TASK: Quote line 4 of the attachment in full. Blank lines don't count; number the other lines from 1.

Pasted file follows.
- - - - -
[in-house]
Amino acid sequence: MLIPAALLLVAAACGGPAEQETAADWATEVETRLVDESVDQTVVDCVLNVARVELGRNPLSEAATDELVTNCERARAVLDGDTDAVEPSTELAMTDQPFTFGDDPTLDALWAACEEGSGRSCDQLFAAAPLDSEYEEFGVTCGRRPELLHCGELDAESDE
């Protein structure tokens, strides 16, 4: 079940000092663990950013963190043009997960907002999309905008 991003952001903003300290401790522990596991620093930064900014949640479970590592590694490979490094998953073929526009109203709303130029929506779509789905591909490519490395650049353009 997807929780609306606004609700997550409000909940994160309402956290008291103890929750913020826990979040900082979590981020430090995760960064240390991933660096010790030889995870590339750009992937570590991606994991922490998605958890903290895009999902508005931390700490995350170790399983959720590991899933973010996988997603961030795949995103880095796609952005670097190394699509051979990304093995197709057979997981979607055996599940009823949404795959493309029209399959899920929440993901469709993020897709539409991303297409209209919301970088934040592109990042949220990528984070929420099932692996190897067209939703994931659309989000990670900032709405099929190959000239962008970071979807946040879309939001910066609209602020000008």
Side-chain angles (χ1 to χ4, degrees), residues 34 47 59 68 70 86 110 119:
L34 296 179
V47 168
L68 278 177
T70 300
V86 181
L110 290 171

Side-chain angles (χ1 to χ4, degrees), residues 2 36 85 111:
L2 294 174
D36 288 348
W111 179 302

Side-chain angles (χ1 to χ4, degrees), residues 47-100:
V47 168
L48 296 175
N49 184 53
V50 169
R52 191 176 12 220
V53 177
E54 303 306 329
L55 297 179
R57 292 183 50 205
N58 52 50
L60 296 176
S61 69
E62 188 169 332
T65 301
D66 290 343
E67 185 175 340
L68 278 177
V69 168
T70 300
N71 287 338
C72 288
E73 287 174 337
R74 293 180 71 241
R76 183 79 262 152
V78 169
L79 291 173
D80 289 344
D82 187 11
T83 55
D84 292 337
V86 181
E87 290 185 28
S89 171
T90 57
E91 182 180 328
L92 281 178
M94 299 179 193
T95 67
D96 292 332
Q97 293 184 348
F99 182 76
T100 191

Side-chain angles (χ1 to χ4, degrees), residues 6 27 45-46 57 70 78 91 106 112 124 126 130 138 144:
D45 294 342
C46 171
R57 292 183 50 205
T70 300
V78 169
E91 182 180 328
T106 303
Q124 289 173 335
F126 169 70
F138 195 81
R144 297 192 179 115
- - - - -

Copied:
Side-chain angles (χ1 to χ4, degrees), residues 34 47 59 68 70 86 110 119: